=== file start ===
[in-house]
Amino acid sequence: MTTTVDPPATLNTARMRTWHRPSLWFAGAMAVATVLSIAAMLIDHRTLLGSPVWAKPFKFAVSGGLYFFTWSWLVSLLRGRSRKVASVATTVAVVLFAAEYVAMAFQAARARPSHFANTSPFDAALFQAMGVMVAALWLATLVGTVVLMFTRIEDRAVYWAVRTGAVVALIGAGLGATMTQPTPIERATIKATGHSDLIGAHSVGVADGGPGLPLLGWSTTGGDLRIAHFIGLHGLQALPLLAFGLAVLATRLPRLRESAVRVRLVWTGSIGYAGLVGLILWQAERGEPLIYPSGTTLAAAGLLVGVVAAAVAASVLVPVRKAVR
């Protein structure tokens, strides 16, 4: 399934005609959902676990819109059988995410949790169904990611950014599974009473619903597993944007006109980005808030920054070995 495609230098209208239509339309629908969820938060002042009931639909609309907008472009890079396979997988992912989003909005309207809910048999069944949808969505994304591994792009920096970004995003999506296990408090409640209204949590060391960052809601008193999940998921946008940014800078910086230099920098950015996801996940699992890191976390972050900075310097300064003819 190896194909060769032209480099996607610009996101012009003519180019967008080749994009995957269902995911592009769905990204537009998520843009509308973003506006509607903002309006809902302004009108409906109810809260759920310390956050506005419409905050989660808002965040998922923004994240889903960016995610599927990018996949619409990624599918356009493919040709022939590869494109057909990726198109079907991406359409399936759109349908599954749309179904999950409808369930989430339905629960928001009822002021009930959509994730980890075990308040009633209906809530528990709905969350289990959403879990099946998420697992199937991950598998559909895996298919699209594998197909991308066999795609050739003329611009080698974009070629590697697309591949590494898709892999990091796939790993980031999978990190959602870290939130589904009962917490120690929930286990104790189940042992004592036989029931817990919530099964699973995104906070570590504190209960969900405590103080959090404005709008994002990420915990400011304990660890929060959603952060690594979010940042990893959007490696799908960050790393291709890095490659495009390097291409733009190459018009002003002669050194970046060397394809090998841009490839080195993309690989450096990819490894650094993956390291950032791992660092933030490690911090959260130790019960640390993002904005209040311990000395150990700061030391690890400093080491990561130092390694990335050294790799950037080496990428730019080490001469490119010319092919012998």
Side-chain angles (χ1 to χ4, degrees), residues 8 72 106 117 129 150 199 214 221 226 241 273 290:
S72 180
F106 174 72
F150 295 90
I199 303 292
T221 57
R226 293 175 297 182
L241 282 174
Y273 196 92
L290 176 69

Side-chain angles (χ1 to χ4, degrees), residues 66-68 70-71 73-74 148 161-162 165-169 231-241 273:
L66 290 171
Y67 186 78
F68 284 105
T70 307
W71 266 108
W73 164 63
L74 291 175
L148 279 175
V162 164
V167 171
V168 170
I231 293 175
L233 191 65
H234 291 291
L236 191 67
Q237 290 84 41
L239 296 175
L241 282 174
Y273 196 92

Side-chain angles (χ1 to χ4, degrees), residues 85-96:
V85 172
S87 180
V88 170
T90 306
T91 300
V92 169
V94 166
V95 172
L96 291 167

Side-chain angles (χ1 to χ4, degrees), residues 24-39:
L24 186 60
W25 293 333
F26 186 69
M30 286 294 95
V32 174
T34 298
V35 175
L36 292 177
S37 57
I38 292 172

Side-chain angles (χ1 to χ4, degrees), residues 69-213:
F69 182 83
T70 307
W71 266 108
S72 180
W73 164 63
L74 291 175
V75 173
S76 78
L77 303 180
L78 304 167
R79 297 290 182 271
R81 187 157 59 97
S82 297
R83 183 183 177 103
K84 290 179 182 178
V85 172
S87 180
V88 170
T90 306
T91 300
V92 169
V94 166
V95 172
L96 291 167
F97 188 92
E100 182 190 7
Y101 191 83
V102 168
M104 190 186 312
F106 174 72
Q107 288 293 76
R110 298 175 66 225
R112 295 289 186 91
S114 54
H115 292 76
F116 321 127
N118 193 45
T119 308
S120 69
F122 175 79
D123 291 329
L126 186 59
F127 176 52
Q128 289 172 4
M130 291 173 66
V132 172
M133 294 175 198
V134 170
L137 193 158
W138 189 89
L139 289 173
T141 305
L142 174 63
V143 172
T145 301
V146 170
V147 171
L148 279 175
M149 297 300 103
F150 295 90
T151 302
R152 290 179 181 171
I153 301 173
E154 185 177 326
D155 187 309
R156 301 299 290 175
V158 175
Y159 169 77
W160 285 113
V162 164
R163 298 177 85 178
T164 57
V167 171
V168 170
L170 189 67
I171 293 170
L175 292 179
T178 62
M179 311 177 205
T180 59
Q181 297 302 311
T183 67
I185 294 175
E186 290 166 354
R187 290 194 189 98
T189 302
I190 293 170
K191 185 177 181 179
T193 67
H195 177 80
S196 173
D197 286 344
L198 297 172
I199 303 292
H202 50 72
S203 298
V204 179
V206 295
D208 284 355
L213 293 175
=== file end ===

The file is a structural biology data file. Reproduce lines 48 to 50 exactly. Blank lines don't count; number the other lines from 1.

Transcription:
M30 286 294 95
V32 174
T34 298